1,929 of 2,074 people found the following review helpful
on March 19, 2007
It seems to me that every year there are more books I want to read and less time for me to read them. Because my time is limited, I'm guilty of picking up the books by my favorite authors first, and fitting in new authors only when it's convenient.
Due to a stroke of luck, I've had an advance copy of The Name of the Wind by my bedside for over six months, just waiting for me to open it. Unfortunately, deadlines of my own kept getting in the way. But in a way, it's lucky that I didn't crack this book until just a few days ago. If I'd had this tale to distract me, I'd have been even later getting my work done.
I loathe spoilers, so I'm not going to discuss the plot of this book. I will say it has all the things that I demand of a book. The characters are real, the action is convincing and it has a compelling story to tell.
One of the things I like best about this book is that the magic is absolutely rooted in the book's world. Nothing seems contrived; the consistency is excellent.
The characters are very well realized. That means that when the protagonist does something clever, it's believable. And when he does something youthfully dumb, it rings just as authentically true. Because the characters are real and the magic is true to its own world, I closed this book feeling as if I'd been on a journey with an entertaining new friend, rather than sitting alone looking at words on a page.
This one is well worth some of your precious reading time. I'll wager that the books to follow it will also be.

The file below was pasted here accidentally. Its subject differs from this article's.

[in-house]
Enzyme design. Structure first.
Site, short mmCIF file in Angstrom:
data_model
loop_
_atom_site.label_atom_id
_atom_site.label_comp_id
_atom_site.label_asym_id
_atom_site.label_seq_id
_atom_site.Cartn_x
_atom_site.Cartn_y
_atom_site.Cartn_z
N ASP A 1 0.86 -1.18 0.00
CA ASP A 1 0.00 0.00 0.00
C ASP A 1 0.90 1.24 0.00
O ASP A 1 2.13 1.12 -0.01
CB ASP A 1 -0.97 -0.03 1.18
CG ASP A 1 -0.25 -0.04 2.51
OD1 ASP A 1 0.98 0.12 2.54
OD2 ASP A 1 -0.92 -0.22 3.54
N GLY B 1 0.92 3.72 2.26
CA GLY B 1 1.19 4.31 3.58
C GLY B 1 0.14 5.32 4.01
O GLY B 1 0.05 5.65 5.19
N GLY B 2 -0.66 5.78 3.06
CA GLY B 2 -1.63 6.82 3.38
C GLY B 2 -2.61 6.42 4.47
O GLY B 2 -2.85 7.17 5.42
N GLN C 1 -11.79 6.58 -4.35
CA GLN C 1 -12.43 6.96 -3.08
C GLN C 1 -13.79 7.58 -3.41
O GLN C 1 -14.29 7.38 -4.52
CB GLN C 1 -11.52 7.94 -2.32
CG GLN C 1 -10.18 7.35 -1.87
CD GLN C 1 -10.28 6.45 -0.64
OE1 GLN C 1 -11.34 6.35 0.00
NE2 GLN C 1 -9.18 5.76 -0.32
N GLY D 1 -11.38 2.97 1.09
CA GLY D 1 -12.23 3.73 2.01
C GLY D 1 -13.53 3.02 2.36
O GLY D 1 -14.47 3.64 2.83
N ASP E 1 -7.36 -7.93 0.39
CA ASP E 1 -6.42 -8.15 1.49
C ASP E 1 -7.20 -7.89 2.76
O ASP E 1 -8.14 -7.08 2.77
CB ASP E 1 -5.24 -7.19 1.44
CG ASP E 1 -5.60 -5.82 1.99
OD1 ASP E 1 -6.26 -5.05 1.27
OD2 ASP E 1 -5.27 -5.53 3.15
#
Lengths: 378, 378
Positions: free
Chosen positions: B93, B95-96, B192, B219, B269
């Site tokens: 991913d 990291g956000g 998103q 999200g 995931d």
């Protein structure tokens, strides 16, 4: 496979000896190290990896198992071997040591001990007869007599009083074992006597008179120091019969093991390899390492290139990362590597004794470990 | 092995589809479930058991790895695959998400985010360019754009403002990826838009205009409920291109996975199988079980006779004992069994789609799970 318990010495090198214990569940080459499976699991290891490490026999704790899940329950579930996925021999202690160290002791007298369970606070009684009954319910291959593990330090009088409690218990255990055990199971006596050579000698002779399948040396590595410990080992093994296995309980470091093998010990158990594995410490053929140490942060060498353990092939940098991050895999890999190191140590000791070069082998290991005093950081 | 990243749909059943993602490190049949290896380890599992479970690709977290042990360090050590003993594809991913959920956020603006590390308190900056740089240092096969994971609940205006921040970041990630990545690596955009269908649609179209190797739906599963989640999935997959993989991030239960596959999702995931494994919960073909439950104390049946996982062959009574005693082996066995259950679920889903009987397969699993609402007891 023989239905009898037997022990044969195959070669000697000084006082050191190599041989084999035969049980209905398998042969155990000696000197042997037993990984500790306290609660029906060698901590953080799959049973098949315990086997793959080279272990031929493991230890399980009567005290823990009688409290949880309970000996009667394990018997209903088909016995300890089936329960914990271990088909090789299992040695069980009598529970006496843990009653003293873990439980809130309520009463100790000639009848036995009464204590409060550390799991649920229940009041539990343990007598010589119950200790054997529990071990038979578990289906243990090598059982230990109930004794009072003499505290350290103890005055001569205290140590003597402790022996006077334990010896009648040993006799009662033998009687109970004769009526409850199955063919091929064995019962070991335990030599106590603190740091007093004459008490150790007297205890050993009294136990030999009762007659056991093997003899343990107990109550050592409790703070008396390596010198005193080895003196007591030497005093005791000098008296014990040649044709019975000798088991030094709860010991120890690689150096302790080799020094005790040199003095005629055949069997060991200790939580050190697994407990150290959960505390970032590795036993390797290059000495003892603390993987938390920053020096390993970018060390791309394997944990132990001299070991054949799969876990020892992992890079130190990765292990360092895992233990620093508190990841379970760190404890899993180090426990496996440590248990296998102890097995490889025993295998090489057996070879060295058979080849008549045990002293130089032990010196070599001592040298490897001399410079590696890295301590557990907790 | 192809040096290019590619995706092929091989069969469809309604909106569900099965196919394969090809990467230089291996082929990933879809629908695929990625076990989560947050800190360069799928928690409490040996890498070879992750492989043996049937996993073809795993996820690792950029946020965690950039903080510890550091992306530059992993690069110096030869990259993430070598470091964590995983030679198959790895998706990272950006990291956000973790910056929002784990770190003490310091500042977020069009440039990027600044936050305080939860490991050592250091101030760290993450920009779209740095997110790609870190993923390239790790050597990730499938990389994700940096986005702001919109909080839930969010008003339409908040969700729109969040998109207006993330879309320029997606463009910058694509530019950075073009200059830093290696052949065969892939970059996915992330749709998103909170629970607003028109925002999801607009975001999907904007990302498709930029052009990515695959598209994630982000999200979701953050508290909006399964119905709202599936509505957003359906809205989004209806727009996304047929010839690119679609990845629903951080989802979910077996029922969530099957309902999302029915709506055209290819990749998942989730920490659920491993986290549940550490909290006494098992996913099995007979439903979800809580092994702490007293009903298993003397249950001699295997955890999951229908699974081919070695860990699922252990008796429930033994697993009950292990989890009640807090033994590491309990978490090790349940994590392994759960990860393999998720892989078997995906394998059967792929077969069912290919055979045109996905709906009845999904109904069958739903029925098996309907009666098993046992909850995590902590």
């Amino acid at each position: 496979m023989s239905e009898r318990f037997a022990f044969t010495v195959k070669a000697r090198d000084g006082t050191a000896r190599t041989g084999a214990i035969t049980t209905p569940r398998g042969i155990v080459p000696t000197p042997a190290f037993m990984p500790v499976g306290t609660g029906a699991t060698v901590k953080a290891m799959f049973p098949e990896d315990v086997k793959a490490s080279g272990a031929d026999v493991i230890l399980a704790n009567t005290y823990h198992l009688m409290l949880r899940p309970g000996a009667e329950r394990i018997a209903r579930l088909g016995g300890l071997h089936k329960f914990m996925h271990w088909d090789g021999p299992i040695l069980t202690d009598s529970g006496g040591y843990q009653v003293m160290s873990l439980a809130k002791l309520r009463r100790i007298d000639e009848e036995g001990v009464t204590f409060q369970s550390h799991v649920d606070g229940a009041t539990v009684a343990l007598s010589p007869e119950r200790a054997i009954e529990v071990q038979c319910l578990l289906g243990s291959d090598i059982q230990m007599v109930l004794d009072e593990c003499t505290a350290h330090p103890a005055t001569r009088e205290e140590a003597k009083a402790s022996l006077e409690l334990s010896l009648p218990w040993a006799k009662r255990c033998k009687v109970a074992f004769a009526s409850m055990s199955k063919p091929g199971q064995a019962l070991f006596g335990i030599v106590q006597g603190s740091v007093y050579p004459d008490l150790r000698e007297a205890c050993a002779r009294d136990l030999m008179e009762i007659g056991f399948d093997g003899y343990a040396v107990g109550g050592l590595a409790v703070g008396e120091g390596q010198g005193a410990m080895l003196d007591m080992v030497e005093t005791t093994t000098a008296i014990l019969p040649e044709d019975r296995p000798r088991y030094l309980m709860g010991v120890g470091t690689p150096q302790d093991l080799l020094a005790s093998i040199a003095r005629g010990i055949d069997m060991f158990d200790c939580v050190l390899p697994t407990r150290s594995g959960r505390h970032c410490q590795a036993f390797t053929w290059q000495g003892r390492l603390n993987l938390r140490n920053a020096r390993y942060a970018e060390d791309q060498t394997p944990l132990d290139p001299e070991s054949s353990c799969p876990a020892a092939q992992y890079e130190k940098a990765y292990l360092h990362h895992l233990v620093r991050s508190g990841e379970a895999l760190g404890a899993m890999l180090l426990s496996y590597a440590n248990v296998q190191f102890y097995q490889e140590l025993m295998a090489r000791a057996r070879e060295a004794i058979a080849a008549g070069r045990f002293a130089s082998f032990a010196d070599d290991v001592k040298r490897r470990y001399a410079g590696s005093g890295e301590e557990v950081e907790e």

499 of 553 people found the following review helpful
I always read the negative reviews of books I liked. For one, I think people can be much more detailed about what they don't like than what they did. Second, I just want to know what made people dislike something I liked.
There seems to be an overall theme amongst the negative reviews that Kvothe is unlikable--but most of these reviews contradict themselves. They don't like him because he's arrogant, but then also complain that he's too perfect to be realistic and has no flaws. I think Rothfuss's intentions were to make Kvothe's arrogance one of his biggest flaws. Imagine you caught on to many subjects in school very fast, were number one in your class and had a relatively quick wit. You'd probably be arrogant, too, as I know the smart, popular people in my high school were. And it's Kvothe's arrogance that constantly gets him into trouble.
The theme of Rothfuss's book, to me, is the difference between the reality of a man's life and his actions, and the stories other men tell about him. That's why we begin with him in a quiet inn, then cut to local patrons telling wild tales. We are introduced to a character, The Chronicler, whose sole purpose in "life" is to find the truth about stories, to debunk myths and legends. But fantasy books *are* the stuff of myths and legends--dragons, fair maidens, faeries, wizards. So how do you tell the story of a renowned magical hero without the requisite exaggeration and outright lies? Without turning the hero into an unrealistic beacon of flawless unrelenting perfection? You tell both stories--the ones people want to believe, and the story that comes closest to the truth. And the truth is Kvothe is a rash, impulsive, sometimes selfish and very often stupidly arrogant man. These traits get him into endless trouble, which he sometimes weasels his way out of through his wit and talents.
You are given Kvothe's many legendary titles (like Bloodless) and then learn the slightly less-than-mystical reason why he was given that quasi-true moniker. What's masterful about Rothfuss's work here, however, is that even when you tear down the myths about Kvothe and get to the "real" story, Kvothe still emerges a hero. If that is too unbelievable for you, if it's not realistic for a character to be truly heroic and truly talented and truly great despite his flaws, then you won't like this story. It's just not cynical enough for you.
391 of 454 people found the following review helpful